We clear our throats. We circle our wagons. Turns out we’re both covering nakedness and waiting for divine intervention. Yet it occurs only to me only now, at Churchill Downs, that you are a beast of burden I know from the farm. You were named “America”, your coat was described the color of American land, on the face of buckles, bolos, coins. You call yourself by the name on my ticket, and you sell yourself by the pedigreed hues of husbandry. America LLC specializes in leathers and pelts. I owe America my livelihood. My throat tightens. Does America win the race? Turns out our bets are the same. America is a dual-spout wedding vase. If the potter was any good then it’ll hold what we put in it. Like a potter’s field. Like a continental grave, funerary statue of liberty.
Tomorrow we’re back on the trail. Many more will die, with dying visions of where the oceans meet the land in a shimmering strip of unbearably bright banality. And in the sacred squint of the eye, the modern and momentary collide with some arguments of prescience and provenance. Yet it occurs to me only now that within such gaps do we access promised lands. Yet we wager against the same sacred platitudes, you and I. Waiting for obscene interruption. No… inviting it, rather. Filling the wedding vase with it, and drinking from dual spouts. A covenant ingested apart, though I may owe it my life. Every unearned second of it.

***

I thought I knew you… Oh, wait, I did… I always knew you… In the back seat of a Toyota… On the back side of a mask… I never knew you… I thought I’d wait until I did…

Manna Meal Ticket

You remember when work was easier ‘an livin’? You spent all them days moanin’ on ’bout how you gotta work to live, you live to work. Yeah, man. Say it again, brother. Yeah, man. How you been? Still kickin’. Ain’t dead yet. Can’t complain. Or I could but I won’t. Haha. Yeah girl. Please sister. Yeah girl. Never see the missus. They grow up so dern fast. They got me hook, line an’ sinker, while my hook, line an’ sinker ain’t touched the water all year. But you remember them OTHER days?… them days when work was easier ‘an livin’? I reckon if the job is good enough then that’d be the best feelin’ there is. Anyhow. Ain’t you got a job to do? You got time to lean, you got time to clean. Who you workin’ for anyway? Don’t need no food, I got that blessed bread and fish buffet. I got the manna meal ticket, yes I do. I get my clothes from the lilies in the field. But just gimme a job. Come on, now. Put me to work.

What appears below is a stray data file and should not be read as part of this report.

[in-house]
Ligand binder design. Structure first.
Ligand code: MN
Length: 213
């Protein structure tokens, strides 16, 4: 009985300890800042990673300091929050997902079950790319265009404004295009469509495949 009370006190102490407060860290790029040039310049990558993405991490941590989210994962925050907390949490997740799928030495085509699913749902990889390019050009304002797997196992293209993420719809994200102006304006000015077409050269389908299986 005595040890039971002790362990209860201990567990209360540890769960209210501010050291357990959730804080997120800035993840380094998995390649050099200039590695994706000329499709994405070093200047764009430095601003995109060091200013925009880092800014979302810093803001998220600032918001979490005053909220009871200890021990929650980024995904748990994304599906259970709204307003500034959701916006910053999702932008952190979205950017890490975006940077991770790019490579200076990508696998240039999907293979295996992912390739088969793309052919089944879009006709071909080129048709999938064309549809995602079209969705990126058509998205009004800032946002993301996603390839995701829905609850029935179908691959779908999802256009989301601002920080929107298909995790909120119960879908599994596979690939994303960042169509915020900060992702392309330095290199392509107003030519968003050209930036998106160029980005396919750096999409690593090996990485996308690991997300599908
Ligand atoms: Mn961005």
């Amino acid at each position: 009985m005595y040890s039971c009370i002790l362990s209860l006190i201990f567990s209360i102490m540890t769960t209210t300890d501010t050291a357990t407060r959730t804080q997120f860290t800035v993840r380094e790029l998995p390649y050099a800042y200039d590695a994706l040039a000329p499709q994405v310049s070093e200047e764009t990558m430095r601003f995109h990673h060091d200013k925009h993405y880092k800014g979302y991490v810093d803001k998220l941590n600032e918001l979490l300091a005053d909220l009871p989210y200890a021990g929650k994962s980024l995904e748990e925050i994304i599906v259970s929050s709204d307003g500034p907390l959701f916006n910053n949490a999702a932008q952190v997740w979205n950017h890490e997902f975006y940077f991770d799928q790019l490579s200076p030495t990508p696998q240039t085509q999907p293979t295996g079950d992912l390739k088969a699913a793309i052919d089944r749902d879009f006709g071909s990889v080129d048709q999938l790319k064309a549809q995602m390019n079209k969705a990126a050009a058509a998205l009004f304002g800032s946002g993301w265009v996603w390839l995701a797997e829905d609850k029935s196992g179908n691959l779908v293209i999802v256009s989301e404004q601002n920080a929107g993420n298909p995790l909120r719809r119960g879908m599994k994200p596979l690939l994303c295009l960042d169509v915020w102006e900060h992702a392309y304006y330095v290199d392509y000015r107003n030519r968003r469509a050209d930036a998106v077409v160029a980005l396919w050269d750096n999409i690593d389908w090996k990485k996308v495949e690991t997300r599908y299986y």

It Was Morning In Old Mexico, But…

The comforting feeling
I woke up in the hammock with the mosquito net over me
The smell of rendering fat and burning pork rinds from in front of the corner mechanic shop below
It was blowing in the corner window and blowing out the courtyard window

And for a moment I thought I’d woken up in the cab of my truck once more
Somewhere around Lubbock, Texas, where the
air was full with cow.
Copper blood, bone sand. The trains passing the yard even seemed to have traded their steam horns for moos.

Texas. What great act of genius invented a Texas.
A place to walk tall and render the fat.
Texas! The word like a monolith standing in the center somewhere.
Flat skies, oil fields, live by Texas and die by Texas.
Ay, Santa Ana! Horrible Texas, an open question.

The hammock swayed.
The sweet potato man blew his whistle,
the knife sharpener blew his flute, the garbage man rang his bell, and the
children spoke Nahuatl as they cooked
their hen’s egg over a burning tire.
It was morning in Old Mexico,
but Texas burned in my eyes.

Married Women

What sociopathy from the modernist novels! You read Henry Miller and Camus and denied the obvious wisdom of the ancients, that all social relations are necessarily based on an omission and disavowal. That society is organized by way of constraint and sacrifice. That the innocence of children is circumstantial, by virtue of ignorance and not by goodness of nature. But you, who would seem to will ignorance… You never studied your folk etymologies, your vernacular truths, you ran around like a chicken with its head cut off pecking at nonexistent oppressions from a muscle memory trained for nonexistent revolutions. Where’s your head, child? The other end of a hoe’s blade. Now you say you want to sit and talk dirty about your Lost Generation like I was your priest at confession in a Left Bank cafe. And the non-ironic workers and washers, they are to be your backdrop. I’ll have no part of it. Put away your toys. Learn your folk etymologies and your vernacular truths, and stop trying to get a married woman to confess to being the Lindbergh baby. Sometimes we’re just married women.